Giving up the Ghost

A novel by Mary Logue published in installments each day in the Star Tribune from June 9 to July 28, 2013.
Day 44 of 50 | Published Monday, July 22, 2013
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The story: Wendy was just 25 when she met Richard, a Minneapolis artist, at the New French Café. They fell in love, married, bought a cabin in northern Minnesota where they spent their summers. But when Richard died unexpectedly, Wendy found it difficult to move on. Because she kept seeing Richard’s ghost….
Mary Logue
Mary Logue is the author of more than twenty-five books, including poetry, fiction, nonfiction, mysteries and children’s stories. She has won a Minnesota Book Award, the Charlotte Zolotow Honor Award, and many other honors. She lives with her husband, writer Pete Hautman, in Minnesota and Wisconsin.

Related content:

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Mary Logue talks about writing, and 'Giving Up the Ghost'

Star Tribune editor: Our serial fiction and e-book project

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Serial novels reveal how we're willing to wait for a good story

Giving Up the Ghost

Chapter 35

So far: Wendy works her way through more memories.

After Susan left, I looked at the clock in the kitchen. One in the morning. I felt exhausted clear through my bones. I wasn’t used to being around so many people. Maybe I would sleep well tonight.

The house was quiet, the fire only a dim glow in the hearth, the dining room table cleared but still spattered, the smashed mum bouquet not quite recovered from the final flight of the turkey. I looked out the windows and saw the trees swaying in the night wind.

I heard Cloud screeching her I-want-something sound.

She was standing in front of the master bedroom door, scratching, trying to get in. Maybe she was right — it was time to sleep back in my own bed, Richard’s and my bed. On this cold and windy night.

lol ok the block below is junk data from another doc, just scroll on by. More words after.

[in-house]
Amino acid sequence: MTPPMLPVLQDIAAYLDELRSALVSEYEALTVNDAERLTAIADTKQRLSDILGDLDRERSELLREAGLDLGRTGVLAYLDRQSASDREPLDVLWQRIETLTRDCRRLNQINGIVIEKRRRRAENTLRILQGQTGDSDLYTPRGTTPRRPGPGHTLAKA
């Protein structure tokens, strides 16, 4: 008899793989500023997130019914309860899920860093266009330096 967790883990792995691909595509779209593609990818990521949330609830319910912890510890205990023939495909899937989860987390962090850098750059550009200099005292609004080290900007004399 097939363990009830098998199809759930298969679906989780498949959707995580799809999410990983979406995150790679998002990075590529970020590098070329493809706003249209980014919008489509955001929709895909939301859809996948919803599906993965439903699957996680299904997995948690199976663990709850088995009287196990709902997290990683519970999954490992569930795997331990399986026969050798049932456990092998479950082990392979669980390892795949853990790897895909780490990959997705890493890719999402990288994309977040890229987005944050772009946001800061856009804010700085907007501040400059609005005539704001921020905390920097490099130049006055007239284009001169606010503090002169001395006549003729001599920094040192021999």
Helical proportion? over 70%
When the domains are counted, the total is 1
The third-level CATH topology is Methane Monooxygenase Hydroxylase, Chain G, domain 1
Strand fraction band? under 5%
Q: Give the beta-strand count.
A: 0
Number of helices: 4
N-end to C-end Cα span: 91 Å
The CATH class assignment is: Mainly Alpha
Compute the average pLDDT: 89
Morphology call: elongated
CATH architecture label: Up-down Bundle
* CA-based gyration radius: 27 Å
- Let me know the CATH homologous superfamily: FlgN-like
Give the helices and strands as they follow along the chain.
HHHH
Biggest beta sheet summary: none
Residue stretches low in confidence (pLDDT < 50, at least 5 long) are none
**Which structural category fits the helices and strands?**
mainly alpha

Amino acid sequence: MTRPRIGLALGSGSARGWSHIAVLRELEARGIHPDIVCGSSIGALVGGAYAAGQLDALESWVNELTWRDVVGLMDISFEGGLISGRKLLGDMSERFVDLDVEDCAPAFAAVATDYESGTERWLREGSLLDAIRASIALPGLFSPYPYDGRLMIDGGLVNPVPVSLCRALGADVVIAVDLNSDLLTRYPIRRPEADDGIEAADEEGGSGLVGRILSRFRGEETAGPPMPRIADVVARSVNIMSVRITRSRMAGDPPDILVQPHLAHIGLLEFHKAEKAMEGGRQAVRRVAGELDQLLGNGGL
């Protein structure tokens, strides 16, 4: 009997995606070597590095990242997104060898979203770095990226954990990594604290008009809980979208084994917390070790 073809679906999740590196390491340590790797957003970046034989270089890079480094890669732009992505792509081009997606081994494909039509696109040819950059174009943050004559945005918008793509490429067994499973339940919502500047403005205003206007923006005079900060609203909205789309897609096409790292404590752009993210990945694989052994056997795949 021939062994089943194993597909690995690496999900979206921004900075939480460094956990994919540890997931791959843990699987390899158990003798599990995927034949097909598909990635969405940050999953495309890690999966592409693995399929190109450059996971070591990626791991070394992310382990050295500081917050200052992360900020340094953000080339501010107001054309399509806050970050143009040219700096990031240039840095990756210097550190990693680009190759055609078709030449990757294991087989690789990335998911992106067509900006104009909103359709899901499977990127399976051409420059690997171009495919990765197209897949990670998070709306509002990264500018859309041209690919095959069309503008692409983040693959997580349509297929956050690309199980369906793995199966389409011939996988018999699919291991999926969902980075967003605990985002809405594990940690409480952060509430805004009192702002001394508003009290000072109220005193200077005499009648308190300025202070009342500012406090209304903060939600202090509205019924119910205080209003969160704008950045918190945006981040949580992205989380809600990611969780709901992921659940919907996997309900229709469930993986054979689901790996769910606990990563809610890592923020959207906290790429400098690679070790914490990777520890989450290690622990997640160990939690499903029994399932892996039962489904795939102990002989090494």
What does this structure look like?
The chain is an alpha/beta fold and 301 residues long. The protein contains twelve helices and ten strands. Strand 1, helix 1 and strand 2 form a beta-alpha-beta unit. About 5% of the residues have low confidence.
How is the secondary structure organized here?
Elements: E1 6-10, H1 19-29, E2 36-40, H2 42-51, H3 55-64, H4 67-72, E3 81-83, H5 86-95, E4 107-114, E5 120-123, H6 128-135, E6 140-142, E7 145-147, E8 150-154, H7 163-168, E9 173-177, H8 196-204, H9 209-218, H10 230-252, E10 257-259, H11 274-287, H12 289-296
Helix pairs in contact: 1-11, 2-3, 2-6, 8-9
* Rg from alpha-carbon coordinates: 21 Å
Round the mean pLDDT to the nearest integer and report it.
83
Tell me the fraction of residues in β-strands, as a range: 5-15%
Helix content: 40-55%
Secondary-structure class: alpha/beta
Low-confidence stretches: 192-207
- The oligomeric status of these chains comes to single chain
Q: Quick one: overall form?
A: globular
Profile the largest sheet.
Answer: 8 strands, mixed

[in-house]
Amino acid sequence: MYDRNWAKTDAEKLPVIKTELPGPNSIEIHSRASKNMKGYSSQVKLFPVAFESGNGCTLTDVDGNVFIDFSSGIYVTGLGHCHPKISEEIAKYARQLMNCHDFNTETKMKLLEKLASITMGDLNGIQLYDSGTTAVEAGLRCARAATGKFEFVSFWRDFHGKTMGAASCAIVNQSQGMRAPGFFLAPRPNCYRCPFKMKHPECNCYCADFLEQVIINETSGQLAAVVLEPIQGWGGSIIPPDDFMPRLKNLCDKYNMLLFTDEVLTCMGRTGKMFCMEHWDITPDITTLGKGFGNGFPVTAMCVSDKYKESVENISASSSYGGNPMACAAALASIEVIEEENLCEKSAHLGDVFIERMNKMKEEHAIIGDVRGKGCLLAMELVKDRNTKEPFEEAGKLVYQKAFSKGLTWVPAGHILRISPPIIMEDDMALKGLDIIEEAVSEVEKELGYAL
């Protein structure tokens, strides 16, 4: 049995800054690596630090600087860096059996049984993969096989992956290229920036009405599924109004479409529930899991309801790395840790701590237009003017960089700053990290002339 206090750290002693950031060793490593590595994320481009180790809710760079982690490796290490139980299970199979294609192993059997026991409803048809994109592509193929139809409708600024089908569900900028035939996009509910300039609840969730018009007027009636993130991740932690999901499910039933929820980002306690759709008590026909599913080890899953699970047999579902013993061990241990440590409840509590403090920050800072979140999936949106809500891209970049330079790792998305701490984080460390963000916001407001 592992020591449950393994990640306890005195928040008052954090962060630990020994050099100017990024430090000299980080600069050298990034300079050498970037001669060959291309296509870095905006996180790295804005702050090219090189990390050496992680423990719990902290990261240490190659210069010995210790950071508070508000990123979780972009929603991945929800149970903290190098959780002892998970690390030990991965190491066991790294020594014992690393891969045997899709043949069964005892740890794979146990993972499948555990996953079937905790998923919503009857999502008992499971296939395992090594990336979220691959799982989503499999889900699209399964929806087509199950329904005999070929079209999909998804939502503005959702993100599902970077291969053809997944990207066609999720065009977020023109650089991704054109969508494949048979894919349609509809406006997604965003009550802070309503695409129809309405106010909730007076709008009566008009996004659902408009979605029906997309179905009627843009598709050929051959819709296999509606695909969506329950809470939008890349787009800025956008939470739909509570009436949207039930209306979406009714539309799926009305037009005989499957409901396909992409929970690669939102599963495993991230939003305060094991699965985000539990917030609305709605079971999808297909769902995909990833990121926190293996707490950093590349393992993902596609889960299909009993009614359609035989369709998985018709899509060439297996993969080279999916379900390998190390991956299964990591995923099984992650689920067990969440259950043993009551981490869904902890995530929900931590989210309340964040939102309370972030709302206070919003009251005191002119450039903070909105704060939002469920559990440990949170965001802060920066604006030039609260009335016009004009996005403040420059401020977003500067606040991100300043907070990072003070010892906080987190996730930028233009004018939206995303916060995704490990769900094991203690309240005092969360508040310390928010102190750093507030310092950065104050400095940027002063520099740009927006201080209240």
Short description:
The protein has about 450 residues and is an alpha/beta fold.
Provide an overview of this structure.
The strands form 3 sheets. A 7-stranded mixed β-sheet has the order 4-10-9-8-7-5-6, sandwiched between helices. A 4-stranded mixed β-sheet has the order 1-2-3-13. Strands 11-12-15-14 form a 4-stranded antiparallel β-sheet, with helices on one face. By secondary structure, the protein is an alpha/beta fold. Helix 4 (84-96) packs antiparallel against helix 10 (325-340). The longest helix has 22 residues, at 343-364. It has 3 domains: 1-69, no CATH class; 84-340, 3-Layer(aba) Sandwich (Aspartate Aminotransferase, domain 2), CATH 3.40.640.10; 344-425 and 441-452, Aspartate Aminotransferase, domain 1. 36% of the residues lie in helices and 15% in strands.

I pushed the door open and Cloud raced across the room and jumped up onto the bed. She stretched her whole body out until she looked like a fish, slithering through the waves of the covers.

I walked over to Richard’s dresser and took out one of his old T-shirts. Lone Star Beer, it said on the front. It was covered with different colored stains. Richard often wore it when he painted. I shucked off my clothes and pulled it on.

The morning before Richard died I had pulled the covers up on the bed. They were as I had left them. I had not changed the bed sheets since Richard had died, nor had I slept in the bed since then.

Over the bed was the first painting that Richard had done specifically for me. You might think it was a woman sleeping. There were curves and swirls in the small piece that looked like a woman’s shoulder, but then also resembled a smooth white tree branch curving down to water.

When he gave it to me, he said, “I painted you.”

“But I wasn’t even there.”

“The way I see you in my mind.”

• • •

When I crawled into our bed, I smelled Richard: his musky rich scent, his peppery sweat, his earth smell. I nuzzled my head into his pillow and breathed until I couldn’t smell anything anymore. The scent was in me.

Thanksgiving was over. I trickled tears until I fell asleep.

• • •

Richard’s bed in his loft faced east and stood in the middle of the far end. It was majestically draped in a big old Hudson blanket. He had hung a wire with curtains that could be pulled to cut it off from the rest of the space.

A small wooden bookshelf stood at one side of the bed, overflowing with reading material, Art Forums, books piled up in crooked piles, leaning against each other for support.

He had gone to shut off the lights in the rest of the space and so I was left alone. I crept over to his bookshelf to check out his library. Lots of science fiction, lots of mysteries, a couple books on quantum mechanics. But what made my heart lift up was the fact that about half the books were by women: Octavia Butler, Ruth Rendell, Patricia Highsmith, Jane Smiley, Edna O’Brien … This was a man who liked women.

Quickly, I got back on the bed and stretched out on the top of the covers with all my clothes on and waited for him to come to me.

 

Tomorrow: Chapter 35 continues.